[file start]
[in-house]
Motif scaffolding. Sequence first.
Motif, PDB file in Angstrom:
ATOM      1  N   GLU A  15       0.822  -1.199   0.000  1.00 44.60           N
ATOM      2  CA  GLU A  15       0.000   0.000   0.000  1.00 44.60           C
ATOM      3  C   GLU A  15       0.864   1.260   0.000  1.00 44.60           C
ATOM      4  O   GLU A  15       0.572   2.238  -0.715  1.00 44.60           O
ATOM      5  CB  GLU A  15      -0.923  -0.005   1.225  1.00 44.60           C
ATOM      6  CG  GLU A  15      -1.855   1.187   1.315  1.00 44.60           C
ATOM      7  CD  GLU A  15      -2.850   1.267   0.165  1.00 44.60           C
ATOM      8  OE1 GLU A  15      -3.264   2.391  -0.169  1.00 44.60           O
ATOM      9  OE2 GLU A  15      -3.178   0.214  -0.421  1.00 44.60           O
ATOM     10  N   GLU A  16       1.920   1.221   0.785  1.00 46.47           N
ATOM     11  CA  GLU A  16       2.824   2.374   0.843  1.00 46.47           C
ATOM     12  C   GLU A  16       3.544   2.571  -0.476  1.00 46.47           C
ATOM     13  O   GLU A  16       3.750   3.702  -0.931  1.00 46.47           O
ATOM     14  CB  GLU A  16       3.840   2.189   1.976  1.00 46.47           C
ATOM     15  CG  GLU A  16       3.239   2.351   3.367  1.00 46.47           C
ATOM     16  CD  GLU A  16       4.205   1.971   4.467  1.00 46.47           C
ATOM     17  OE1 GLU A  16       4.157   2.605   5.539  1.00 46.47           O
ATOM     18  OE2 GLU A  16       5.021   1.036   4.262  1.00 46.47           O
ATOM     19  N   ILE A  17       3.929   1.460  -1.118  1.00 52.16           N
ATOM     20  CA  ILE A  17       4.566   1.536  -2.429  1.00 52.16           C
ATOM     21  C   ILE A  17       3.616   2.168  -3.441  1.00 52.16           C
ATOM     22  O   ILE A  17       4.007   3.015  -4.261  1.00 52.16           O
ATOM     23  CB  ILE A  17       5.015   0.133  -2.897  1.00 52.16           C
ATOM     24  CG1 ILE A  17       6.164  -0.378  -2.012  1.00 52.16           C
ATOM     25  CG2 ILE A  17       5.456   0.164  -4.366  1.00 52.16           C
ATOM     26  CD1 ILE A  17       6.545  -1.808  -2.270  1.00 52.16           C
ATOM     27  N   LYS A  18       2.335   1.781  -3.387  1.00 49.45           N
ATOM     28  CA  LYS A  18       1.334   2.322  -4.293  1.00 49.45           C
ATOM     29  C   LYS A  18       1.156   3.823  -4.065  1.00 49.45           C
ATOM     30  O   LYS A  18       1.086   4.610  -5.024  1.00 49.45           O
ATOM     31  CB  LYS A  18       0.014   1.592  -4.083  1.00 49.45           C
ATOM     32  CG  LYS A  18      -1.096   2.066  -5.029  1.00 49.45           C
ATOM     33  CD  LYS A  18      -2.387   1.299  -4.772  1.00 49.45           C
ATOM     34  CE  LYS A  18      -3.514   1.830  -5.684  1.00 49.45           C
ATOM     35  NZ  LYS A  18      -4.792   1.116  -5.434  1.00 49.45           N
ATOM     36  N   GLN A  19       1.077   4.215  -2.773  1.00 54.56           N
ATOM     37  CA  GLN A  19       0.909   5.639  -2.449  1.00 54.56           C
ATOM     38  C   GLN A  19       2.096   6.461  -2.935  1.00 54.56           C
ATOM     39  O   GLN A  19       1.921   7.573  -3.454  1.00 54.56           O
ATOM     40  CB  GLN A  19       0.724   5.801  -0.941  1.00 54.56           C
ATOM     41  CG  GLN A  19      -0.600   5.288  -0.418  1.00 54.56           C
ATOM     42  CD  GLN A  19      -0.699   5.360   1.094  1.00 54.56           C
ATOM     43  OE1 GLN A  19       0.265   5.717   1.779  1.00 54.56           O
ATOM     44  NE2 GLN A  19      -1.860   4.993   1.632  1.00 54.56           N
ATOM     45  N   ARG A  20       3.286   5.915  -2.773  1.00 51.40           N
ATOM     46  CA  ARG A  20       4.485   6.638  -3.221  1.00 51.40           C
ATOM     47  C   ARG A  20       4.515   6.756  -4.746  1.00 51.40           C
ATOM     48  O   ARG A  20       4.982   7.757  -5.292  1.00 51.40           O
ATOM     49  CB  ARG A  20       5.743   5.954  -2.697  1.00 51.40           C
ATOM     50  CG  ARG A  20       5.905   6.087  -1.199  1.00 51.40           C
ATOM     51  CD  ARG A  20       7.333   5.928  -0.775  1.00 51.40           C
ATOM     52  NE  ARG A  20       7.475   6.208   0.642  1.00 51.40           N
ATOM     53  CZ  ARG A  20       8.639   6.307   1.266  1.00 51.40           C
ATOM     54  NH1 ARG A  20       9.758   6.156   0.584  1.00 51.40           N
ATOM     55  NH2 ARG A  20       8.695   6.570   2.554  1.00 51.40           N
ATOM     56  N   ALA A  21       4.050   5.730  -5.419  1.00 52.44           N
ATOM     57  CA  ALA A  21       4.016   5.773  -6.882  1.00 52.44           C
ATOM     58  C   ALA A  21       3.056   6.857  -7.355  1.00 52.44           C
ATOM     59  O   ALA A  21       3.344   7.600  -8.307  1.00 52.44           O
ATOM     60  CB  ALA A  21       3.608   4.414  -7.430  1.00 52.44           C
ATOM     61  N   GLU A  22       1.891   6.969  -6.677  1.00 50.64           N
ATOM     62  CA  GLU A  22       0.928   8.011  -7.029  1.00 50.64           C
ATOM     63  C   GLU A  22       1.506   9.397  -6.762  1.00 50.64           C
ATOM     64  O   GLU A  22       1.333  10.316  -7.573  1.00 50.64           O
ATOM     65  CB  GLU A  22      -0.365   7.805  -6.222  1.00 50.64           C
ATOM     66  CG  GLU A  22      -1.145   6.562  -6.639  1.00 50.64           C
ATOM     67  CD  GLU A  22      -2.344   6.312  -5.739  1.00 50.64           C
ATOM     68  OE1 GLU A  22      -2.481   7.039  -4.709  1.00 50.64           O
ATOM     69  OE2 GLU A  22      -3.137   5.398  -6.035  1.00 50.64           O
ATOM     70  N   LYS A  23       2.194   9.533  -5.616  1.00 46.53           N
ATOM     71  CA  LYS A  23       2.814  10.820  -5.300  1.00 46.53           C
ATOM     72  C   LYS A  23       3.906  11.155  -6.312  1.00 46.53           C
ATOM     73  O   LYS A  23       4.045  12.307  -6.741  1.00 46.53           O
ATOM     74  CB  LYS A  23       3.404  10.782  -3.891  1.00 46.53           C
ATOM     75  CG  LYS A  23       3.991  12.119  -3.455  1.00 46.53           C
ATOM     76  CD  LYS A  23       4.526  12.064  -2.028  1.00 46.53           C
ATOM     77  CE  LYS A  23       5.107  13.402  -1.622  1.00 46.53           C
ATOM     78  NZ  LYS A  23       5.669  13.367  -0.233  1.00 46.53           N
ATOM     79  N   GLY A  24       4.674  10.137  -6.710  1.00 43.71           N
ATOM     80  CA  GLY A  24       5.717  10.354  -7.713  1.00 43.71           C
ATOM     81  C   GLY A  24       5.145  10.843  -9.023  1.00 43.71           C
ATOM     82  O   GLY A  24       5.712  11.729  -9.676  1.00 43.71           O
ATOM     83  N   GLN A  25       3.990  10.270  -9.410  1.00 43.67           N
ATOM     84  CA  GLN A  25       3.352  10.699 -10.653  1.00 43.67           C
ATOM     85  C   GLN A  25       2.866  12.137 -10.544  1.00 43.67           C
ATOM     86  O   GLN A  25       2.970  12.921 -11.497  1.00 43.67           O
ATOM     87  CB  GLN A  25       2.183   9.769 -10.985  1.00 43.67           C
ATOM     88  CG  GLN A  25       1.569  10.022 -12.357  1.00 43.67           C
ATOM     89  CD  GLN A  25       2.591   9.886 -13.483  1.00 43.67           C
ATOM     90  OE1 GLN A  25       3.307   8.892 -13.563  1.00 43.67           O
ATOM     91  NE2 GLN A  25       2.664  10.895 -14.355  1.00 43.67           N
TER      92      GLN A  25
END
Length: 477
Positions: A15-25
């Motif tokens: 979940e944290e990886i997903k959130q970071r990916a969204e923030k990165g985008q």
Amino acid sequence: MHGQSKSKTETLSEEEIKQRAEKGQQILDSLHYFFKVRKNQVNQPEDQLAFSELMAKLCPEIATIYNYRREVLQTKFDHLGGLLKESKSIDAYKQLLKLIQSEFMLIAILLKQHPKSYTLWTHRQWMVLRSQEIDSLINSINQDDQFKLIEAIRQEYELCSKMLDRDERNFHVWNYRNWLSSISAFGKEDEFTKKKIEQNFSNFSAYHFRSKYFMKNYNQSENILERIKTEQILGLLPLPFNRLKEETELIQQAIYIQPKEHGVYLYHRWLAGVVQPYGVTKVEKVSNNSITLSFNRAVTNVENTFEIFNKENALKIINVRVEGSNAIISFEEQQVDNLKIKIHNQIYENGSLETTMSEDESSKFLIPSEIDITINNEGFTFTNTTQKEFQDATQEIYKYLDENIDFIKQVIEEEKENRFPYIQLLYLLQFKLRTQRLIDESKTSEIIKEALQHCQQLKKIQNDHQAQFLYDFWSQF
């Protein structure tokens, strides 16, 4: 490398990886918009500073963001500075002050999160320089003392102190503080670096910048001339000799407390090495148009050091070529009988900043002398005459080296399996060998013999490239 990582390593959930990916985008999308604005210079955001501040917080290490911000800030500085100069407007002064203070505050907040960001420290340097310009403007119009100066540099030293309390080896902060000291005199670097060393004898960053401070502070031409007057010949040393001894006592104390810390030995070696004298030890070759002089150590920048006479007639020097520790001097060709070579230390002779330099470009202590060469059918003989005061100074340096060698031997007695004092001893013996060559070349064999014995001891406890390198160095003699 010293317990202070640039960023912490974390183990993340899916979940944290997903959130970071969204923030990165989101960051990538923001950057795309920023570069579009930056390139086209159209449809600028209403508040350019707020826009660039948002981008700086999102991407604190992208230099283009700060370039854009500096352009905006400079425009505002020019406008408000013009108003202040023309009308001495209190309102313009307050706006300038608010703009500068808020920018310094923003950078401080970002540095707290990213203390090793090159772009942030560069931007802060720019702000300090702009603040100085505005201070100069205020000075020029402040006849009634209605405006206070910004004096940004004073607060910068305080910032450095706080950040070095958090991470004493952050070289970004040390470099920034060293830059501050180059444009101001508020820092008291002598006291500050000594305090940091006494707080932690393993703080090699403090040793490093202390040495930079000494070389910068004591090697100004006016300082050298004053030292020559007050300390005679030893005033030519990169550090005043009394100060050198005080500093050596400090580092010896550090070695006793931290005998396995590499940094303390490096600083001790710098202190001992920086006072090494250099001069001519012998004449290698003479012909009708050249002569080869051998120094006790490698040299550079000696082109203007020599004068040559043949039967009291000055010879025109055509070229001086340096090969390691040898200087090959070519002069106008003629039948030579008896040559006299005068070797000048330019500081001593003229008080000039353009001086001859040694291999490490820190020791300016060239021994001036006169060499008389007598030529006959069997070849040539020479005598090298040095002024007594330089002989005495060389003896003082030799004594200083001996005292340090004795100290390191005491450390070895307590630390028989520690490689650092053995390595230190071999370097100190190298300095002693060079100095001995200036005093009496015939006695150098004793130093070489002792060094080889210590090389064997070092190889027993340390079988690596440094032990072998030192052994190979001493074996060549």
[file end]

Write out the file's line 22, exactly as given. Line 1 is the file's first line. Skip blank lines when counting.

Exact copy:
ATOM     19  N   ILE A  17       3.929   1.460  -1.118  1.00 52.16           N